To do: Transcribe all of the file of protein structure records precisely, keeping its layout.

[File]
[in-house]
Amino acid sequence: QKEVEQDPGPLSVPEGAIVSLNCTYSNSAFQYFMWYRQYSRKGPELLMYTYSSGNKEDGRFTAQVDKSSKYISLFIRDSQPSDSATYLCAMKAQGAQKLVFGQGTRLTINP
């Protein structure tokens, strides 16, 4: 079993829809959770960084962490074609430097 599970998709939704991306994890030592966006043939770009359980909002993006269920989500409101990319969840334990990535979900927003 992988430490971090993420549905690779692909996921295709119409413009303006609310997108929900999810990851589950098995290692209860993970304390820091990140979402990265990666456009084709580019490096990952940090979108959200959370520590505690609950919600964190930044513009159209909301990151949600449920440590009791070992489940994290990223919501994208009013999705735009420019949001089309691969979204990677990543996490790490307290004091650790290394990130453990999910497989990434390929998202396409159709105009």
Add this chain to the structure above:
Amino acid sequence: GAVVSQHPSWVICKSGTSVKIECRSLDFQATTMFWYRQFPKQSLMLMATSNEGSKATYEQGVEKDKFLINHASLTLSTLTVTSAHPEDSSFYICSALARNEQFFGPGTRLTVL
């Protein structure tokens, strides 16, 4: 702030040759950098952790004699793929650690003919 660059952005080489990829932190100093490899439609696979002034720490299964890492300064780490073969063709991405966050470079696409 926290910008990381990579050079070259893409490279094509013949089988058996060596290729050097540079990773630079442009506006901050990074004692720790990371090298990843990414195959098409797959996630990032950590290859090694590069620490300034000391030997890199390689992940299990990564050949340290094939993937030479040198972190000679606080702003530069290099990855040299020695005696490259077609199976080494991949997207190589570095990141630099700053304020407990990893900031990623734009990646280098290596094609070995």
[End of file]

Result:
[in-house]
Amino acid sequence: QKEVEQDPGPLSVPEGAIVSLNCTYSNSAFQYFMWYRQYSRKGPELLMYTYSSGNKEDGRFTAQVDKSSKYISLFIRDSQPSDSATYLCAMKAQGAQKLVFGQGTRLTINP
């Protein structure tokens, strides 16, 4: 079993829809959770960084962490074609430097 599970998709939704991306994890030592966006043939770009359980909002993006269920989500409101990319969840334990990535979900927003 992988430490971090993420549905690779692909996921295709119409413009303006609310997108929900999810990851589950098995290692209860993970304390820091990140979402990265990666456009084709580019490096990952940090979108959200959370520590505690609950919600964190930044513009159209909301990151949600449920440590009791070992489940994290990223919501994208009013999705735009420019949001089309691969979204990677990543996490790490307290004091650790290394990130453990999910497989990434390929998202396409159709105009």
Add this chain to the structure above:
Amino acid sequence: GAVVSQHPSWVICKSGTSVKIECRSLDFQATTMFWYRQFPKQSLMLMATSNEGSKATYEQGVEKDKFLINHASLTLSTLTVTSAHPEDSSFYICSALARNEQFFGPGTRLTVL
């Protein structure tokens, strides 16, 4: 702030040759950098952790004699793929650690003919 660059952005080489990829932190100093490899439609696979002034720490299964890492300064780490073969063709991405966050470079696409 926290910008990381990579050079070259893409490279094509013949089988058996060596290729050097540079990773630079442009506006901050990074004692720790990371090298990843990414195959098409797959996630990032950590290859090694590069620490300034000391030997890199390689992940299990990564050949340290094939993937030479040198972190000679606080702003530069290099990855040299020695005696490259077609199976080494991949997207190589570095990141630099700053304020407990990893900031990623734009990646280098290596094609070995």